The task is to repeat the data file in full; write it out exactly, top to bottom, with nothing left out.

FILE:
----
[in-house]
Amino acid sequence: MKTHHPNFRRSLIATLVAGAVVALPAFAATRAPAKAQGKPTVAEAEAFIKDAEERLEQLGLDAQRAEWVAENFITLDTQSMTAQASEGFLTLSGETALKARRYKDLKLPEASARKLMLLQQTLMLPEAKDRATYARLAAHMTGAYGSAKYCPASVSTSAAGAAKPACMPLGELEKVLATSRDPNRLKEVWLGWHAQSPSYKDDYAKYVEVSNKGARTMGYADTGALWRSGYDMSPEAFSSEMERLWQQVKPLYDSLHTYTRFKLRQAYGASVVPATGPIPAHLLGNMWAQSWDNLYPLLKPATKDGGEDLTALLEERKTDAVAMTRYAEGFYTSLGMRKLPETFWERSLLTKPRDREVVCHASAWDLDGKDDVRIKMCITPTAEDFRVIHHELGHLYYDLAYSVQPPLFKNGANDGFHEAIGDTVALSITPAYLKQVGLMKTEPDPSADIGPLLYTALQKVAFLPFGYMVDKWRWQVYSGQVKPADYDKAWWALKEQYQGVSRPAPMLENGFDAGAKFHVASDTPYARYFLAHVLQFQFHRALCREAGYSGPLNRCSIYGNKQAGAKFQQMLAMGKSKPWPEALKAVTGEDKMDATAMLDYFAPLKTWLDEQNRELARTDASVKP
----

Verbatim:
[in-house]
Amino acid sequence: MKTHHPNFRRSLIATLVAGAVVALPAFAATRAPAKAQGKPTVAEAEAFIKDAEERLEQLGLDAQRAEWVAENFITLDTQSMTAQASEGFLTLSGETALKARRYKDLKLPEASARKLMLLQQTLMLPEAKDRATYARLAAHMTGAYGSAKYCPASVSTSAAGAAKPACMPLGELEKVLATSRDPNRLKEVWLGWHAQSPSYKDDYAKYVEVSNKGARTMGYADTGALWRSGYDMSPEAFSSEMERLWQQVKPLYDSLHTYTRFKLRQAYGASVVPATGPIPAHLLGNMWAQSWDNLYPLLKPATKDGGEDLTALLEERKTDAVAMTRYAEGFYTSLGMRKLPETFWERSLLTKPRDREVVCHASAWDLDGKDDVRIKMCITPTAEDFRVIHHELGHLYYDLAYSVQPPLFKNGANDGFHEAIGDTVALSITPAYLKQVGLMKTEPDPSADIGPLLYTALQKVAFLPFGYMVDKWRWQVYSGQVKPADYDKAWWALKEQYQGVSRPAPMLENGFDAGAKFHVASDTPYARYFLAHVLQFQFHRALCREAGYSGPLNRCSIYGNKQAGAKFQQMLAMGKSKPWPEALKAVTGEDKMDATAMLDYFAPLKTWLDEQNRELARTDASVKP